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 In the Eyes of the Buddha, Iniquitous Beings are Ignorant, Not Evil


       When a person believes in cause and effect, does virtuous deeds, and cultivates for  liberation, the Buddha praises him as a ‘wise person’ who is of great sagacity. However, if someone does not believe in cause and effect, does not perform good deeds to accumulate merits, but instead utilises his cleverness and talent for nefarious purposes, the Buddha calls him an ‘ignorant being’

       In the Contemplation Sutra, there is a passage on the rebirth of those in the lowest level of the lowest grade – the most iniquitous beings committing grave offences. The Buddha refers to them as "ignorant beings" rather than "evil people." This word choice is significant. People generally have notions of right and wrong. When faced with evil, most would reasonably argue against it and criticise it righteously. They would look down on criminals and even condemn them to hell.

       This attitude has its pros and cons. Positively speaking, it reflects a person’s upright character. He will undoubtedly perform virtuous deeds and conduct himself with integrity. However, from another perspective, it also indicates a lack of tolerance, understanding, acceptance, and compassion.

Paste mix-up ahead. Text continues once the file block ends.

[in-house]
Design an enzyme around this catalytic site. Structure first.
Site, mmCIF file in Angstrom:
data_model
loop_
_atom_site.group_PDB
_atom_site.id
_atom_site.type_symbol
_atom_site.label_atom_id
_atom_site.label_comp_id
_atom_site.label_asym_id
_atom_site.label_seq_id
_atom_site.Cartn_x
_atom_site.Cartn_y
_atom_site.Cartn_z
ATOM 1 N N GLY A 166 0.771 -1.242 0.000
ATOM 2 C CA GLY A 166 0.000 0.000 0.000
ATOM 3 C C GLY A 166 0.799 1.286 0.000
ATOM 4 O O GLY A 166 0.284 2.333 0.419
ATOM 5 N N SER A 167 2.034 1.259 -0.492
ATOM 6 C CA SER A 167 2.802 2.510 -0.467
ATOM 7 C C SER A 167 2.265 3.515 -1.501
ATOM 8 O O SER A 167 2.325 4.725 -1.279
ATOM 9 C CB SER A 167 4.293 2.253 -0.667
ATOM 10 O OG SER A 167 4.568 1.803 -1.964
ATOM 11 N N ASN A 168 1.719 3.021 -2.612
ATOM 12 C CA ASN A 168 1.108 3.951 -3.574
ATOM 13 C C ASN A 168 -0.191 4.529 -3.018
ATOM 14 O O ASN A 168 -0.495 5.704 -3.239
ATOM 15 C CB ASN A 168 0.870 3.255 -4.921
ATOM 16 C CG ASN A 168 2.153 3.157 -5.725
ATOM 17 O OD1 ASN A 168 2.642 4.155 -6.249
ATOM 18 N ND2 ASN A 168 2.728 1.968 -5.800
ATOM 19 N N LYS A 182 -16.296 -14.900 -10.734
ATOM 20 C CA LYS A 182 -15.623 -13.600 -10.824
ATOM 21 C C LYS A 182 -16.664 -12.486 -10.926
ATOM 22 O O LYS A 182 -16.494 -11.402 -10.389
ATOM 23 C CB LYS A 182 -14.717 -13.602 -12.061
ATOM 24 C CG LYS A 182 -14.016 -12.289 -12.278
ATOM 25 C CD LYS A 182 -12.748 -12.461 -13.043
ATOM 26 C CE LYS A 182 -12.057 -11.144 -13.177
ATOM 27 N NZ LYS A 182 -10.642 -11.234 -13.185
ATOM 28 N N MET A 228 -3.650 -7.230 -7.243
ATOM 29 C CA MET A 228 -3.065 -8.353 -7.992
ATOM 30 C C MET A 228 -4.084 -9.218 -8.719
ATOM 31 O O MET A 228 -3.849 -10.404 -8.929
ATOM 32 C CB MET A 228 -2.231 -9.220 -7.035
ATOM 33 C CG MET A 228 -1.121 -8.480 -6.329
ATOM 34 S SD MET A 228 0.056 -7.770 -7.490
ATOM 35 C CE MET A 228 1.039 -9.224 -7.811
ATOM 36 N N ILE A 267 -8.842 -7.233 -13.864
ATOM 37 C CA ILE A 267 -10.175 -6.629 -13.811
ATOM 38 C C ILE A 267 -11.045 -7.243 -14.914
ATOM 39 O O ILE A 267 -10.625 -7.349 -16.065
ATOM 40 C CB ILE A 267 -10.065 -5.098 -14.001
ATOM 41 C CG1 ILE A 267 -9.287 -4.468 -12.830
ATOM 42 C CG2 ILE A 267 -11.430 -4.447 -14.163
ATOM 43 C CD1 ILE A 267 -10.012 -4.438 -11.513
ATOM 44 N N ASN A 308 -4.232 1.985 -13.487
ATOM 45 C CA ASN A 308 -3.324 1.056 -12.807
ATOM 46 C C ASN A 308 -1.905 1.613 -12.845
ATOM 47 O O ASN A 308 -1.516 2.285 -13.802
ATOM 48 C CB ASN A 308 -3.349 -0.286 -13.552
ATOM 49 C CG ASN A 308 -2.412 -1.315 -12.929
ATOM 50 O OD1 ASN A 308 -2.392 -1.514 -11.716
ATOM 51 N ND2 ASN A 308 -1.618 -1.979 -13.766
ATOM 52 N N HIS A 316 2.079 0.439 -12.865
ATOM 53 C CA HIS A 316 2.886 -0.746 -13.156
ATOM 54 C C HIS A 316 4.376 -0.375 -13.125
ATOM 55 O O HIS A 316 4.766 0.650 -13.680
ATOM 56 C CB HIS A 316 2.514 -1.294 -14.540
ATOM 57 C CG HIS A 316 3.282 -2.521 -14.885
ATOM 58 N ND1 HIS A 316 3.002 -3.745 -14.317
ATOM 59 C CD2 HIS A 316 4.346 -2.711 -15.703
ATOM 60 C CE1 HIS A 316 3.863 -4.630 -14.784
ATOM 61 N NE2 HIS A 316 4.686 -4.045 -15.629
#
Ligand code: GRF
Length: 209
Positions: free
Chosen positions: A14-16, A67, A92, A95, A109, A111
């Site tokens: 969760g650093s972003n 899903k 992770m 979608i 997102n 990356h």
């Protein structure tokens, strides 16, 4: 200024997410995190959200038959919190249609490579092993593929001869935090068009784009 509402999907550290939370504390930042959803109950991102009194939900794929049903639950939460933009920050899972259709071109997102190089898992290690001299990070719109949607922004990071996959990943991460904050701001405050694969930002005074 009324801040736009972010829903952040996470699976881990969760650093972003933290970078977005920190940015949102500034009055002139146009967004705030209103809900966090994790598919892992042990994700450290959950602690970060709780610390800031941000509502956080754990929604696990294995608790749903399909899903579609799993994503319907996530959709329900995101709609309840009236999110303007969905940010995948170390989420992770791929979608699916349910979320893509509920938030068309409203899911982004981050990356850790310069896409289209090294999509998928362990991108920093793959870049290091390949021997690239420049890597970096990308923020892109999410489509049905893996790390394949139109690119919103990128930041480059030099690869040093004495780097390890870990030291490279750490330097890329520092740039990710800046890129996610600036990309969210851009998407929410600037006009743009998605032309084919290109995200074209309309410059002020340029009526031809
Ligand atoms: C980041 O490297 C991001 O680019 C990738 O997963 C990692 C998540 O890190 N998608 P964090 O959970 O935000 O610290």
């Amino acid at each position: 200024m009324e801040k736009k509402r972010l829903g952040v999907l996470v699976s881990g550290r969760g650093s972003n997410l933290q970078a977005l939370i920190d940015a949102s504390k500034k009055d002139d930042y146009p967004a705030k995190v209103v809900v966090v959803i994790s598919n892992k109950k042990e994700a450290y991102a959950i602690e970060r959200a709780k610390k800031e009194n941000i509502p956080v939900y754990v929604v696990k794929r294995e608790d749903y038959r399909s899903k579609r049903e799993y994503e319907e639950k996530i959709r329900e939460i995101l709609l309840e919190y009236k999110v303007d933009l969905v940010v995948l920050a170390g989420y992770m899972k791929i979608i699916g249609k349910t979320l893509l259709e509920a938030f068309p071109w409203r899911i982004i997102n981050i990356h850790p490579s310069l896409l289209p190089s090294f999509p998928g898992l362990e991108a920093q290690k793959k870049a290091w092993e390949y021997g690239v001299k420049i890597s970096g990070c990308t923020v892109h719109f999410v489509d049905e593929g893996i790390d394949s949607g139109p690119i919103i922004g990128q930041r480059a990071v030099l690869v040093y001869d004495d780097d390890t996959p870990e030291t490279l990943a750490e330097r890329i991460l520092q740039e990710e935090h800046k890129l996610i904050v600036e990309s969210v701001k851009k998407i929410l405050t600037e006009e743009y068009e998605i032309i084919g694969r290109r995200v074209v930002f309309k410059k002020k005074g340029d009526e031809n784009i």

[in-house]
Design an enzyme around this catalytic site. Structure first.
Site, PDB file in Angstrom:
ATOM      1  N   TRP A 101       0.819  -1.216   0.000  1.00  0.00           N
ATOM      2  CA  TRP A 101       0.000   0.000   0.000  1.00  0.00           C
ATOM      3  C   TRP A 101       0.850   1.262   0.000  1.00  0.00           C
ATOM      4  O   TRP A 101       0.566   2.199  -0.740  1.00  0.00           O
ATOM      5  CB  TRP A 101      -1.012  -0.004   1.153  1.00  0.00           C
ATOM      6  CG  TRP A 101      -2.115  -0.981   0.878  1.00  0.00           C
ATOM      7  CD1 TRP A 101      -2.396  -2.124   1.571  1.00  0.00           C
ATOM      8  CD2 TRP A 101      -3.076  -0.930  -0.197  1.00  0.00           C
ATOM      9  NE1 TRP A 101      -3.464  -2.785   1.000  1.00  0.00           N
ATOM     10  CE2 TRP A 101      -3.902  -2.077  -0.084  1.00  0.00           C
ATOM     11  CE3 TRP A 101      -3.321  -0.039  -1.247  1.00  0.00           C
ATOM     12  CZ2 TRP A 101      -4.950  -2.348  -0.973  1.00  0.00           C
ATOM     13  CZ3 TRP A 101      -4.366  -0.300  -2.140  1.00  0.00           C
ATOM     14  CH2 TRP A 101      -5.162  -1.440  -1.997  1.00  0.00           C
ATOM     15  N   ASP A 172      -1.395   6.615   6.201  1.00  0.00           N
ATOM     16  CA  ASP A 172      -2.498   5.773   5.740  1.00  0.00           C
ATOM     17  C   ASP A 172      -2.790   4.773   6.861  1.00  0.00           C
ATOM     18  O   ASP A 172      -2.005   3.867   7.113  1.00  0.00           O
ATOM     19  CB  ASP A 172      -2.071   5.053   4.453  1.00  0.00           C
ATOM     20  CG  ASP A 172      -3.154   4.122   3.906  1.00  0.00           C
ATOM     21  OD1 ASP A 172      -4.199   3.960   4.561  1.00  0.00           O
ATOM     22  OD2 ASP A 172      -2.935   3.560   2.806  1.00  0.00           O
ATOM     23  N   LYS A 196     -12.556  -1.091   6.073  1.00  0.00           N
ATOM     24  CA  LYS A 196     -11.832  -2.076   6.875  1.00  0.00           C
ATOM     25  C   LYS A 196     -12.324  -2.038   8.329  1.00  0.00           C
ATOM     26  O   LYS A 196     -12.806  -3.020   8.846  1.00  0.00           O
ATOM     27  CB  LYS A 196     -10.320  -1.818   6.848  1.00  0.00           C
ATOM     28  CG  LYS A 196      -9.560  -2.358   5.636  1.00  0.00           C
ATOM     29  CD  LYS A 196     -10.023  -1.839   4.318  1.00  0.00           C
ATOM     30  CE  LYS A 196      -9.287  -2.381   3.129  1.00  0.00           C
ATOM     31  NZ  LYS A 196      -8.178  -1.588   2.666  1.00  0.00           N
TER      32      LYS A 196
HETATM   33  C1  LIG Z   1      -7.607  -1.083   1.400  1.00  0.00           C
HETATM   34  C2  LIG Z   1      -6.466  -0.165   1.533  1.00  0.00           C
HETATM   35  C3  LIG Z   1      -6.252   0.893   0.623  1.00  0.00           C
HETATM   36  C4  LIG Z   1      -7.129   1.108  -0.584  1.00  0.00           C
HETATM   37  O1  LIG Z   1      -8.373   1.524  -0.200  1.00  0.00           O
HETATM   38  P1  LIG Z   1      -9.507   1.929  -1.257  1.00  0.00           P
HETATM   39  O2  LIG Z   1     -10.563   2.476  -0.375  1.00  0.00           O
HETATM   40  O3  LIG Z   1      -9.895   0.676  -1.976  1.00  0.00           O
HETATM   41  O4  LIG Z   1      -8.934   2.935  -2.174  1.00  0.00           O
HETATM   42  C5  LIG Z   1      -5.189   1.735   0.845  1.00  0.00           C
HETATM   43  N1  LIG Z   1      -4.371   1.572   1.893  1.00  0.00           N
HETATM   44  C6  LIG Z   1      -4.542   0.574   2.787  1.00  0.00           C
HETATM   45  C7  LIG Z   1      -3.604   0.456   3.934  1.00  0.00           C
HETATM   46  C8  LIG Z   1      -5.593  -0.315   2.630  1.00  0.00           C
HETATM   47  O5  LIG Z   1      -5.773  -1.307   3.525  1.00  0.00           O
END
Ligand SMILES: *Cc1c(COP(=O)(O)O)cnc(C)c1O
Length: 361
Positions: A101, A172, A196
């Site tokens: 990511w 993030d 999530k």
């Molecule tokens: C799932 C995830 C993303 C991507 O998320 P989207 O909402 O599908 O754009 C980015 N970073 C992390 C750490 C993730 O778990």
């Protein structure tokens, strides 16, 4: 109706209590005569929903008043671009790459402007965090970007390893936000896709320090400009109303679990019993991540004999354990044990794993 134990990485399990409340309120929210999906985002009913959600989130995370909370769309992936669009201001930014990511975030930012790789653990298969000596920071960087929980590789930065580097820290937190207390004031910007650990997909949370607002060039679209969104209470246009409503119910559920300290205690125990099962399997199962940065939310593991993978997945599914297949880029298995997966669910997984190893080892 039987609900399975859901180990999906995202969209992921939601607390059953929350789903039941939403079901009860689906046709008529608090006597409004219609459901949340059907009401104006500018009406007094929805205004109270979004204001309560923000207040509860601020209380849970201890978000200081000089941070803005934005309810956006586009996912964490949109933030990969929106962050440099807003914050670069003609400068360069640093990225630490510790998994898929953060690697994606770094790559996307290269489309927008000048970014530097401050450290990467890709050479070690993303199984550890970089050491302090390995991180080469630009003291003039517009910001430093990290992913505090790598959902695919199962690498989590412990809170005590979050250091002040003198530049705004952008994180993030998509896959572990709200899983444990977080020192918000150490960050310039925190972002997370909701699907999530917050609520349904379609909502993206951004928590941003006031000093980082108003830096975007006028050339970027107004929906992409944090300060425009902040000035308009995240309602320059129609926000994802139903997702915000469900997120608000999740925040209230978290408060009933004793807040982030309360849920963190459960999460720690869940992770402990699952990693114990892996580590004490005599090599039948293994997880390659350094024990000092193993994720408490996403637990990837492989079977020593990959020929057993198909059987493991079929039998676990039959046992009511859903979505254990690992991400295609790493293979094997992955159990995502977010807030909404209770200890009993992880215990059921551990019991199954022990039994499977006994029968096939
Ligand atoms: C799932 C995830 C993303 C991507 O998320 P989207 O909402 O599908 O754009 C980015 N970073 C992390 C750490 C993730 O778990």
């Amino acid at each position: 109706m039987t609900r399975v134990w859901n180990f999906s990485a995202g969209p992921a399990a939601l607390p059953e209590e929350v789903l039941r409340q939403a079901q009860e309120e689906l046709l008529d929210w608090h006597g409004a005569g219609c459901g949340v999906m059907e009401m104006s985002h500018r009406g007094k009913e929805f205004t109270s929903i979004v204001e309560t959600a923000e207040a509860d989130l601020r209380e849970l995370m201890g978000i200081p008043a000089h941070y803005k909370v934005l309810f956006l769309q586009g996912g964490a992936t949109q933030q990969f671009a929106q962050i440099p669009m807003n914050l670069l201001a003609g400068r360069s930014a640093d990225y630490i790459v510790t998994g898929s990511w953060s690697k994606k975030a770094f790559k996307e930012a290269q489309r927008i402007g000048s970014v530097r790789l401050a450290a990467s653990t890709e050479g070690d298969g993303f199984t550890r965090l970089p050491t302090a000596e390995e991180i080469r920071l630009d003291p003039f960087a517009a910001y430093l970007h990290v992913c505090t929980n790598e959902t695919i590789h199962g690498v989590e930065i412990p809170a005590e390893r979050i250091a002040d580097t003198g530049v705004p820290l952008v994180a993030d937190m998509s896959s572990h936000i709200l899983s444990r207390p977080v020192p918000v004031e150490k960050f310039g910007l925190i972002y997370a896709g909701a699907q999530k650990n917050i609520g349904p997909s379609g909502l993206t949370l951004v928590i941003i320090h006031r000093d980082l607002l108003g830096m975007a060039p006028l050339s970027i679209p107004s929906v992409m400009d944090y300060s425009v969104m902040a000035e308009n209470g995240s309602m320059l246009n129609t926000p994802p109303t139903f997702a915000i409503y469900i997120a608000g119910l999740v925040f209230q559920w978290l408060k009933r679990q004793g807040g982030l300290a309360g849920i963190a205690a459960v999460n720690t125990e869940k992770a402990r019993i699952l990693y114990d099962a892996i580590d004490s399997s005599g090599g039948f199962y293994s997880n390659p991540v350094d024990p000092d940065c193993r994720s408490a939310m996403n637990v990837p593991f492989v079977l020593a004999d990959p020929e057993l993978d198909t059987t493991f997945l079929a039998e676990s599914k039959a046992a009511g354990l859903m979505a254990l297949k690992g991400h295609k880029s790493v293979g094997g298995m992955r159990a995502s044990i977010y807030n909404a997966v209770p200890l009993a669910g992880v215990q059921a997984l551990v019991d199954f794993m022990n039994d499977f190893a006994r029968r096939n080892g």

The Buddha describes those who commit offences as "ignorant beings" rather than "evil people," demonstrating his compassion, tolerance, and understanding. To the Buddha, these people don’t understand the Dharma and are deluded by ignorance and afflictions. They aren’t intentionally acting in this way. They are obstructed by the ignorance and afflictions of their karmic obstacles. Without those obstacles, they might have performed virtuous deeds or even practised for Buddhahood.

       It’s similar to when someone unreasonably assaults and slanders us. We would generally get angry, thinking the other person is acting unreasonably and behaving badly.

       However, if we knew the person was mentally ill, would we still feel angry? No, we would instead feel compassion for them because their actions aren’t intentional but due to their illness. The Buddha sees sentient beings the same way. Beings are deluded by ignorance, bound by afflictions and karmic obstacles, and thus create evil karma.

       In the Buddha’s eyes, there are only ignorant beings. Unlike ordinary beings, the Buddha doesn’t distinguish between good and evil, preferring one to the other. He embodies boundless loving-kindness for all without discrimination. He exercises profound compassion for all, treating them as one with himself. He alleviates suffering and brings happiness, universally saving all beings equally.


(Translated by the Pure Land School Translation Team;
edited by Householder Fojin)



Master Huijing

Master Huijing

Master Jingzong

Master Jingzong

Guiding Principles

Faith in, and acceptance of, Amitabha’s deliverance
Single-minded recitation of Amitabha’s name
Aspiration to rebirth in Amitabha’s Pure Land
Comprehensive deliverance of all sentient beings